- File Size: 7425 KB
- Print Length: 142 pages
- Publisher: Open Road Media Sci-Fi & Fantasy (July 14, 2015)
- Publication Date: July 14, 2015
- Sold by: Amazon.com Services LLC
- Language: English
- ASIN: B00UA1KO82
- Text-to-Speech: Enabled
- Word Wise: Enabled
- Lending: Enabled
- Amazon Best Sellers Rank: #218,147 Paid in Kindle Store (See Top 100 Paid in Kindle Store)
|Digital List Price:||$9.99|
|Print List Price:||$24.00|
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Wylding Hall Kindle Edition
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|Length: 142 pages||Word Wise: Enabled||Enhanced Typesetting: Enabled|
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“For fans of ’70s Folk-Rock . . . Fairport [Convention] in a parallel gothic horror universe, with a touch of Nick Drake thrown in. Skillfully written and well-researched novella from Elizabeth Hand.” —Richard Thompson, guitarist and songwriter
“[Wylding Hall] is not a novel of thrills and puzzles, but a lengthy spell itself. . . . Hand is an expert at building mood and atmosphere in ways that you don’t realize until you feel it around you.” —SF Signal
“[A] luminous evocation of a period and place . . . The novella gains a strange power apart from its rather restrained supernatural manifestations, a power driven by the sense of lost dreams that has always driven Hand’s best fiction.” —Locus
“Somewhere up in rock ’n’ roll heaven, Janis Joplin, Brian Jones, Nick Drake and Sandy Denny are all tossing back their drinks, passing a spliff, and recounting how much they enjoyed reading Elizabeth Hand’s shimmering new supernatural novel, Wylding Hall. . . . By turns melancholic and joyous, dark and incandescent, this always-surprising tale is full of heart, music and wonder.” —Paul Di Filippo, author of The Steampunk Trilogy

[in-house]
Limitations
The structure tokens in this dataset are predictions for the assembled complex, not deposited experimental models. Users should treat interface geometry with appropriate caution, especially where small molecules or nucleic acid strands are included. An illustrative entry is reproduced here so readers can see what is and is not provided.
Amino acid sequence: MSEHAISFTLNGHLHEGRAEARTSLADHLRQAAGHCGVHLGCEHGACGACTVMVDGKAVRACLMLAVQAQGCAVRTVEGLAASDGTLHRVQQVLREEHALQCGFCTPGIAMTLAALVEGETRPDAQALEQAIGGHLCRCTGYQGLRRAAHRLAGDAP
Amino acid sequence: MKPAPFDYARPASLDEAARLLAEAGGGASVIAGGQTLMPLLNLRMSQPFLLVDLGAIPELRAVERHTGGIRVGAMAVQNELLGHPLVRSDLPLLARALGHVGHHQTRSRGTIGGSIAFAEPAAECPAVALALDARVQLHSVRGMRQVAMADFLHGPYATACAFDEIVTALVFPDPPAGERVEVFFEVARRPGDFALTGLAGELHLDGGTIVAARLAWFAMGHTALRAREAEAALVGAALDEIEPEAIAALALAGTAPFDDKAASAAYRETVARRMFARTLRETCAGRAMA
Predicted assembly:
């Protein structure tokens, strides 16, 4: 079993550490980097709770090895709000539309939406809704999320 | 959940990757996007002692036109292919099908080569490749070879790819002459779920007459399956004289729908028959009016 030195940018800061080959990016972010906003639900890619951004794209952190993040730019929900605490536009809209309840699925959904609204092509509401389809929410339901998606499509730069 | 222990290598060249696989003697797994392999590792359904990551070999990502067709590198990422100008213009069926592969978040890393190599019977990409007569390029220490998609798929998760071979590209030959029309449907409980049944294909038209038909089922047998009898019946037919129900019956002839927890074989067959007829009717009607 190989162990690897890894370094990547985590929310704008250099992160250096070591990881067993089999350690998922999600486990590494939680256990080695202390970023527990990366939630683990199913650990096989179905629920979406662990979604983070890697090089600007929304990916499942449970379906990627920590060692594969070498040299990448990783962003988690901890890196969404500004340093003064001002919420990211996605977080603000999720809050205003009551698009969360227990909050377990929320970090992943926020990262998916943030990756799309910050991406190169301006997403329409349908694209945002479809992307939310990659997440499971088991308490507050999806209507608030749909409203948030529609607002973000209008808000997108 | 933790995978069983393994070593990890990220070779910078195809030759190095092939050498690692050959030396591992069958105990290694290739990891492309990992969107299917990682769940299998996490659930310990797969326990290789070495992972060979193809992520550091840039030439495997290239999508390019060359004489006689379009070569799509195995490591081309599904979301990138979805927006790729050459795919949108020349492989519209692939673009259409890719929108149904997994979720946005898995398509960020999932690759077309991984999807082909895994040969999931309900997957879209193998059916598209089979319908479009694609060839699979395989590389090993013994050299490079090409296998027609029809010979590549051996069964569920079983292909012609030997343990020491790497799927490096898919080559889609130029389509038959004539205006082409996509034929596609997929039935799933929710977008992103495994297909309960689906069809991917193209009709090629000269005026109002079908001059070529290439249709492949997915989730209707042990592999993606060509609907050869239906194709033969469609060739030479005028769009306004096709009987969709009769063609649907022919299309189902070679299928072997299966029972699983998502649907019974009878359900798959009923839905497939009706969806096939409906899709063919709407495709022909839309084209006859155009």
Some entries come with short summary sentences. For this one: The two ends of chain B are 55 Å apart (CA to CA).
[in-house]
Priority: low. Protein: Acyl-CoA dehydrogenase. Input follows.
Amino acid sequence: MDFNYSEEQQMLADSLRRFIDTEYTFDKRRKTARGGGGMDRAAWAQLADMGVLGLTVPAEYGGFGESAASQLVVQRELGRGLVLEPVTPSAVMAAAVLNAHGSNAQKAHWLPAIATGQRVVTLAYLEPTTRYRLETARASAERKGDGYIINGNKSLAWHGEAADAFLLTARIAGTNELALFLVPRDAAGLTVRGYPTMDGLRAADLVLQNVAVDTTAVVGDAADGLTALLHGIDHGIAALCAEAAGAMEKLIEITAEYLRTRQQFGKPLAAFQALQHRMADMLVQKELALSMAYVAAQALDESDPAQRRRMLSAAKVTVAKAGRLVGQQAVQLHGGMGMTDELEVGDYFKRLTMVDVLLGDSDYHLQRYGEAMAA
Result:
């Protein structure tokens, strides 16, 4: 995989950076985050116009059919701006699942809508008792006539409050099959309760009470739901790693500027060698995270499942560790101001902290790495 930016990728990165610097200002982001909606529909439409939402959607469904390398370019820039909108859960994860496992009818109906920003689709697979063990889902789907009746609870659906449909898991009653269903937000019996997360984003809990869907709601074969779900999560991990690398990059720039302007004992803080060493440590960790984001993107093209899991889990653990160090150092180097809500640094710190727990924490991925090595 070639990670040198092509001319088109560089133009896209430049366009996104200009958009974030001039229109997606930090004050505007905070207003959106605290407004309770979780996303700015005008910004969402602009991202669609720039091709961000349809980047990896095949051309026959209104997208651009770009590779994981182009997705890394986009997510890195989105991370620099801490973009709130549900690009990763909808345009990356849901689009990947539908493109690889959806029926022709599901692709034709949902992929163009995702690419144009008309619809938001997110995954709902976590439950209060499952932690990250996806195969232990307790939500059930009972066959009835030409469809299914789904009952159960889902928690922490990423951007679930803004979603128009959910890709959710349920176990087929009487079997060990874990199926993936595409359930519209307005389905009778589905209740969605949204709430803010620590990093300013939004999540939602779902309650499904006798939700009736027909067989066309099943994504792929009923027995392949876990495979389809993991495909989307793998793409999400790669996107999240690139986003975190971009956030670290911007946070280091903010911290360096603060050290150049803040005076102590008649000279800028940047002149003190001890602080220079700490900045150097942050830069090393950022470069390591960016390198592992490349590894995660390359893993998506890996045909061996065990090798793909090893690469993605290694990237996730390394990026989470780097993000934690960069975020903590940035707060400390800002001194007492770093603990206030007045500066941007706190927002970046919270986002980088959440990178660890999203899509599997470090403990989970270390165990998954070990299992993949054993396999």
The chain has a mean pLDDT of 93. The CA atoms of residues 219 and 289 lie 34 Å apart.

“Wylding Hall is a true surreal phantasmagoria, with music and all the accoutrements of the world of rock-and-roll set off by a wonderful admixture of the gothic supernatural. Treat it like the most exciting getaway in a truly enchanting setting.” —Chelsea Quinn Yarbro, author of Hôtel Transylvania
About the Author
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Written in documentary form, Wylding Hall is about members of the band Windhollow Faire (the name made me chuckle) recounting their chilling experiences while writing/rehearsing/recording their second —and last—album back in the early '70's. Hand deftly mixes the factual with her fictional characters to give a great sense of the time the bands members describe. She sprinkles her character's descriptions with musicians like Sandy Dennis, Van Morrison, or Lou Reed in an easy, unforced manner. What's also impressive is how each first person voice has such a clear sense of self. Each of the first person points of view is unique—and there's nine of them, with a few supporting cast members adding their voices to the bands' and manager. By the book's end, you feel like you have sat personally listening to singer Lesley, bassist Ashton, drummer Jon, rhythm guitarist Will, and protective manager Tom spin their memories.
They collectively paint a brilliant portrait of lead guitarist/singer Julian, or how at least they remember him. Julian isn't around to tell his tale, but he is the focal point of their tale.
That's another intriguing aspect of this novella—everyone is speaking from memory, after a huge gap of years. How much has time reshaped certain memories?
There's a wealth of rich detail in this book, both in description and emotions. A few of the—I'll call them the supernatural scenes—are damned scary in a unearthly way. I don't think this is a ghost story—Wylding Hall is more of an account of an ancient being trying to connect with someone it/she feels a kinship with, namely fey Julian. That is my take from the reading. The girl the band speaks of is far more than she seems—and so is Julian.
At Wylding Hall, nature turns unnatural, time and distance turn deceptive, and birds, especially wrens, become malevolent creatures traversing time. In the small village, the locals know enough not to tell. Those in touch with what's beyond reality disappear.
The book's ending is like having a door slammed in your face. You want more, but that's the story's end. That's all Hand plans to give the reader. There's plenty left up to the reader to speculate about in their own private fantasies.
Wylding Hall is a gem of a novella. I will return to this novella more than once. Hand continues to weave her magic.